Wind turbines face harsh environmental conditions that are even more challenging for offshore units. Proper selection of specialty lubricants that allow wind turbines to run with maximum availability by avoiding non-scheduled shutdowns is one of the key contributors to achieving fast return on investment.
On the other hand, operating conditions and long maintenance intervals can stress most lubricants to the point that they may interfere with reliability before they can be replaced. With regard to the various rotating parts of wind turbines (e.g., gearbox, bearings, brakes and shrink discs), advanced technology lubricants have been demonstrated to contribute to increased component reliability due to their enhanced ability to perform at temperature extremes, resist extreme loads, and protect against corrosion and mechanical wear.
An understanding of the key features and benefits of modern lubricants – and how to apply them to best realize those benefits – can help to extend lubrication intervals, improve equipment reliability and maximize total cost of ownership.
The best selection and application of a lubricant is ensured by understanding application details, including the component to be lubricated, the type(s) of surfaces in contact (metal-to-metal, metal-toplastic, etc.) and the component’s relative motion (sliding vs. rolling friction). Environmental conditions and one’s long- and short-term reliability goals – such as extended lubrication intervals, sealing compatibility, cold/hot temperature operation or elimination of corrosion – also should affect choice of lubricant.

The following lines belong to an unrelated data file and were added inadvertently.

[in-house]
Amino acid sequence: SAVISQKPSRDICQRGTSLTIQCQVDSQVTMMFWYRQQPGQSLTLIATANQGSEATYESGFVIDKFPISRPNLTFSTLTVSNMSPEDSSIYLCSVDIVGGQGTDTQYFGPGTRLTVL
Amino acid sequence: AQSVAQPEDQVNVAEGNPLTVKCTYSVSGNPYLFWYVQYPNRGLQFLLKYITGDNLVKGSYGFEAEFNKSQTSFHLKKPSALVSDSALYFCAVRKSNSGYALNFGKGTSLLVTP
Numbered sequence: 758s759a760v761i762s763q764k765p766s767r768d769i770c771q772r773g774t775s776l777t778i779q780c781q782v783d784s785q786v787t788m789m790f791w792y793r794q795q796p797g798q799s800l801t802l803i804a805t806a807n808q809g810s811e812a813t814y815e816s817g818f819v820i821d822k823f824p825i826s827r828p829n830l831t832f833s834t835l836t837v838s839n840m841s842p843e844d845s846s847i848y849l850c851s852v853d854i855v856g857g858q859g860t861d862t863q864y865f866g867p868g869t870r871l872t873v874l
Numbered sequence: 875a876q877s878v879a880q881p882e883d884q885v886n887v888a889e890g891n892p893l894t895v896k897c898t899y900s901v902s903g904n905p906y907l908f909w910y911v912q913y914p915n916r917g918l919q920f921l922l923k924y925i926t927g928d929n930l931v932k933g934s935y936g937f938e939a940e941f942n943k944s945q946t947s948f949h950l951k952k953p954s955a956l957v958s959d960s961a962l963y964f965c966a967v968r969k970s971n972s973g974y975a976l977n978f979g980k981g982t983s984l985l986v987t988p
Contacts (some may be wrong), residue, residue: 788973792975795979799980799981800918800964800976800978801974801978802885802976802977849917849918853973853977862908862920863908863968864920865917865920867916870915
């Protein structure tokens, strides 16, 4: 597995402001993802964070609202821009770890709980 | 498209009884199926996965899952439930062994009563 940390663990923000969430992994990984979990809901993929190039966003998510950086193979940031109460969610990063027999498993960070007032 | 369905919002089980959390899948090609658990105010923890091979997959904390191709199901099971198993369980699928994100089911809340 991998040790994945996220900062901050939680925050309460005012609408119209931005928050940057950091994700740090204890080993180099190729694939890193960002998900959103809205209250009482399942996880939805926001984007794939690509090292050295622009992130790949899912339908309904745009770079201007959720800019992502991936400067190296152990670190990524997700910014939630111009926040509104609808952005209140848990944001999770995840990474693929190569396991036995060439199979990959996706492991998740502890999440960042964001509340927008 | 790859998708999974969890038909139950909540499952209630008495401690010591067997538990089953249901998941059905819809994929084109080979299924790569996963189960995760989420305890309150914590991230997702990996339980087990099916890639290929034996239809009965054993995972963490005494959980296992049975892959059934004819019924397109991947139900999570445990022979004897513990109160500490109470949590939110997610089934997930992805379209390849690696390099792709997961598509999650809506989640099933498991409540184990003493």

Knowledge of modern lubrication technology enables the prioritization of goals and will allow the best chance to achieve one’s objectives. Application details can be summarized by the acronym LETS (load, environment, temperature, speed).
Load is an estimation of the amount of force or stress under which the component to be lubricated is operating. Bearings are sometimes referred to as operating under light, moderate or heavy loads. A common rule is that bearings operating at or above 20 percent of their rated load-carrying capacity are considered heavily loaded. Shock or vibration and frequent start-stop cycles are clues that a bearing application is under stressed load conditions.
Lubricants chosen for high or stressed load applications usually contain solid lubricants and/or high base oil viscosity. Environment asks the end user to consider the effects of the general climate and surroundings. Among the variables are seasonal and daily temperature fluctuations; atmospheric contamination, including dust, dirt or fly ash; wind; salt spray; and humidity.
Substations in warm areas will face different environmental challenges than those in Canada or north China. Offshore environments are more corrosive than onshore areas. Many lubricants used on wind turbine bearings are selected due to their good low-temperature performance; however, in many climates, that benefit is of limited usefulness. Lubricants intended for cold temperature service often are formulated with low viscosity base oil to counter the effect of temperature on the viscosity of oil and the consistency of grease. In some cases, what works well in cold environments may not work well in hot environments.